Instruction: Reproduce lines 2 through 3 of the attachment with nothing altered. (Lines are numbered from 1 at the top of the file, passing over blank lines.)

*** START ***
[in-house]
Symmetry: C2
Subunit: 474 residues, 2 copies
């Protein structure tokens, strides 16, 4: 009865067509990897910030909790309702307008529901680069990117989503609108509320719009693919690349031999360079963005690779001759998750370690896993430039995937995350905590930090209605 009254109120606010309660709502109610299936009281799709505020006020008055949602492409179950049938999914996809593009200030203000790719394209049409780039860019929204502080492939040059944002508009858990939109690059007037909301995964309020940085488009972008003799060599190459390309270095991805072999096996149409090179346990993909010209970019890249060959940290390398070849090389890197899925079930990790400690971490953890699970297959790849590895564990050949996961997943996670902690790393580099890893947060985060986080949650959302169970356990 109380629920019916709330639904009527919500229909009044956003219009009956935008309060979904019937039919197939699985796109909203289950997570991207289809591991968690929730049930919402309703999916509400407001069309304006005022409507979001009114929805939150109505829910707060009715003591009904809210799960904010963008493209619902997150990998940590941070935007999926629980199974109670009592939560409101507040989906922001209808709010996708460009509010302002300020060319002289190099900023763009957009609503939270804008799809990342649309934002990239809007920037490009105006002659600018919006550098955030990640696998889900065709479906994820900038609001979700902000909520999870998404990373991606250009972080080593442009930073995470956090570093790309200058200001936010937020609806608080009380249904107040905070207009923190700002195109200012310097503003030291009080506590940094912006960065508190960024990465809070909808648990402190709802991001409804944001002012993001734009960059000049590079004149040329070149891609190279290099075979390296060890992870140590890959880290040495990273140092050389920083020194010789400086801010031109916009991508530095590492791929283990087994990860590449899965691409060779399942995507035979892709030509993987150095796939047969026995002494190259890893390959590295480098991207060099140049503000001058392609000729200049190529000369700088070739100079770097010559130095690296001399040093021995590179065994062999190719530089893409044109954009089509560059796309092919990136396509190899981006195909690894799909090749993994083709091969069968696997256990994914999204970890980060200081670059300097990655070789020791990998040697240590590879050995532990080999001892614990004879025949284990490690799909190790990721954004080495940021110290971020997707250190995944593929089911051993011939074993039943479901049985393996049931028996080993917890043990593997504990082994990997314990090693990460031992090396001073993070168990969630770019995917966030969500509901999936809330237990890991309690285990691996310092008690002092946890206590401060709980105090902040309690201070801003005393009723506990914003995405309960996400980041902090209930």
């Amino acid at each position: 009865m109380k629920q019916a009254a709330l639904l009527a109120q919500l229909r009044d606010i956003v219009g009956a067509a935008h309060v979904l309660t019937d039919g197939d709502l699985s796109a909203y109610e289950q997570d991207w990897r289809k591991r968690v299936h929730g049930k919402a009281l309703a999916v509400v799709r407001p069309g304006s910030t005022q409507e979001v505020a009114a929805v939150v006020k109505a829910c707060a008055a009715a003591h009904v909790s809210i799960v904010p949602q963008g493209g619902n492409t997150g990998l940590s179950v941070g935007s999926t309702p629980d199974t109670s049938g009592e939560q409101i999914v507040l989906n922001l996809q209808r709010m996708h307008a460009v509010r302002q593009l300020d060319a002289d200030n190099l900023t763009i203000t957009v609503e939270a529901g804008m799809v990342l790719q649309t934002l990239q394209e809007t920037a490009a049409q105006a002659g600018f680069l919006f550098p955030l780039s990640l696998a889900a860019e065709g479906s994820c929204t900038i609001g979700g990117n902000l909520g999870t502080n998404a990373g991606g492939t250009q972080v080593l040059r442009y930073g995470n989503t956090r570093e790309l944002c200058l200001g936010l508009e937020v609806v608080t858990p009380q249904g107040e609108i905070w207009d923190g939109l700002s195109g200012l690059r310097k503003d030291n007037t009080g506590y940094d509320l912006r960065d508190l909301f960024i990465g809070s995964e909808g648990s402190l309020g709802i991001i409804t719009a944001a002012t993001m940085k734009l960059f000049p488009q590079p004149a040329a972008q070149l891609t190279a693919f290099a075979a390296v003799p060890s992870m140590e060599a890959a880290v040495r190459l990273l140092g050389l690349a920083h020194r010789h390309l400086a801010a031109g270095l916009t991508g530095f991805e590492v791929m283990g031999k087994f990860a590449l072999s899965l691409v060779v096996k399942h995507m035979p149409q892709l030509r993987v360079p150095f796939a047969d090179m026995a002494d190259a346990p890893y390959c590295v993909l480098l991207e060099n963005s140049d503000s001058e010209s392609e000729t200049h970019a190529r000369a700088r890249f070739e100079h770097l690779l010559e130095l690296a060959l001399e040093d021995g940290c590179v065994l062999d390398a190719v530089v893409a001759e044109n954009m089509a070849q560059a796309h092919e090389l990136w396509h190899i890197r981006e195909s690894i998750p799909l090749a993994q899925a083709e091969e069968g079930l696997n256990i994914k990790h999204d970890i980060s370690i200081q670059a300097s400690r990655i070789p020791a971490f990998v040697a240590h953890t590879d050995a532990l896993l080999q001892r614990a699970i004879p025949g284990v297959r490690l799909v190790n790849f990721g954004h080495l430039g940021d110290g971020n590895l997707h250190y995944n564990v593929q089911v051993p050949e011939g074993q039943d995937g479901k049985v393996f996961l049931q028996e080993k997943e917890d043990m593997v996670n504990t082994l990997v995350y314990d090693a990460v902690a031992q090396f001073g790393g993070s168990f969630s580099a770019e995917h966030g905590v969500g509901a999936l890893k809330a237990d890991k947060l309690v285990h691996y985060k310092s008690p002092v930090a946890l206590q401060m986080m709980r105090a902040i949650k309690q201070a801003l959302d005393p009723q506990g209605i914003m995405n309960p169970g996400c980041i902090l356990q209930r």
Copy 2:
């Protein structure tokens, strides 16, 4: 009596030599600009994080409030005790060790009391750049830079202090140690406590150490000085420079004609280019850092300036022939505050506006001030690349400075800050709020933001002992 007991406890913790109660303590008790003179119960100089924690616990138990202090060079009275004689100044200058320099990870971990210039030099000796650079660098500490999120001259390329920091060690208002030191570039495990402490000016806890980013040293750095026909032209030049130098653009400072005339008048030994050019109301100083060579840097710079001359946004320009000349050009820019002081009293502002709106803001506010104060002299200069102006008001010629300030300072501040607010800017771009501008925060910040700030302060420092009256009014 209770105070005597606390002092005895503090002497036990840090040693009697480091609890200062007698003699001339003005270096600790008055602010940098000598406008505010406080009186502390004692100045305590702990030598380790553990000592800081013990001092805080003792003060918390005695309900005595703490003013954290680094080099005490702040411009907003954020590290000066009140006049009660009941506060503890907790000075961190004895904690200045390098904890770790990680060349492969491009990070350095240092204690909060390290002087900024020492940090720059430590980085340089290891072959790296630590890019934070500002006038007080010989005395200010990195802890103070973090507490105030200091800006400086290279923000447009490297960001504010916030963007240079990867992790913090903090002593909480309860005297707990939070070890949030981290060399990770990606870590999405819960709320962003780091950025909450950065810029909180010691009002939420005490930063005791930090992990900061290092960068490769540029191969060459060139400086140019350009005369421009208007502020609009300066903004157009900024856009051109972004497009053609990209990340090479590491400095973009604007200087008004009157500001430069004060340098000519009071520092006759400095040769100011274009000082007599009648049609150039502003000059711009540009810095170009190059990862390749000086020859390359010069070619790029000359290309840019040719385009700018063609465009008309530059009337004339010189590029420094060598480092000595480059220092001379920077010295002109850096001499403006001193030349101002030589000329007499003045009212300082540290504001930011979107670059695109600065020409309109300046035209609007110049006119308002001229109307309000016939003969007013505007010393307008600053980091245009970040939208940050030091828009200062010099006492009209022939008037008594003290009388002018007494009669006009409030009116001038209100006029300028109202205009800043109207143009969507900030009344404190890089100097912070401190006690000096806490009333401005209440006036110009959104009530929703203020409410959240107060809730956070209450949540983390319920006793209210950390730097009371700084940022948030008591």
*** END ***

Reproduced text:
Symmetry: C2
Subunit: 474 residues, 2 copies